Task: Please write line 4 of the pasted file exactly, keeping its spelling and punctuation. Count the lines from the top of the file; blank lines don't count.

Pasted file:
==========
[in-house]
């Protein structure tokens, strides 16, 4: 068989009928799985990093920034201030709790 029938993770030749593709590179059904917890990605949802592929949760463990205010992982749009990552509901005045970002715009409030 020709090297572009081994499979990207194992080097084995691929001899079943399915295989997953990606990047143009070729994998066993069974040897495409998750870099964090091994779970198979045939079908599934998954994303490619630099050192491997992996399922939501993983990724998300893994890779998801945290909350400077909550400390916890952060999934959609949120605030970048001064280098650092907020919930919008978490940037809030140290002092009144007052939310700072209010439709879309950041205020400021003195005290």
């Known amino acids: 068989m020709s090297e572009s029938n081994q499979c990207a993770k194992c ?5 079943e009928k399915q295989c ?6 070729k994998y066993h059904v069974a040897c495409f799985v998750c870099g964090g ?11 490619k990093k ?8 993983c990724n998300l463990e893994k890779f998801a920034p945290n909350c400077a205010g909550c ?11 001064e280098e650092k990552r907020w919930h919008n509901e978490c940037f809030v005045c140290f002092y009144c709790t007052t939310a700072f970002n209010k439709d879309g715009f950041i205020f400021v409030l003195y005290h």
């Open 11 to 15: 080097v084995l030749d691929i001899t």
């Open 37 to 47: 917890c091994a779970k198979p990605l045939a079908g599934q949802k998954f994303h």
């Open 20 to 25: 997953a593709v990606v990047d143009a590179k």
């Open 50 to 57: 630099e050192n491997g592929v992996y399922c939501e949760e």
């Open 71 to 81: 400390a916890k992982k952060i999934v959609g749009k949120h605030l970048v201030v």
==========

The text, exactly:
């Open 11 to 15: 080097v084995l030749d691929i001899t």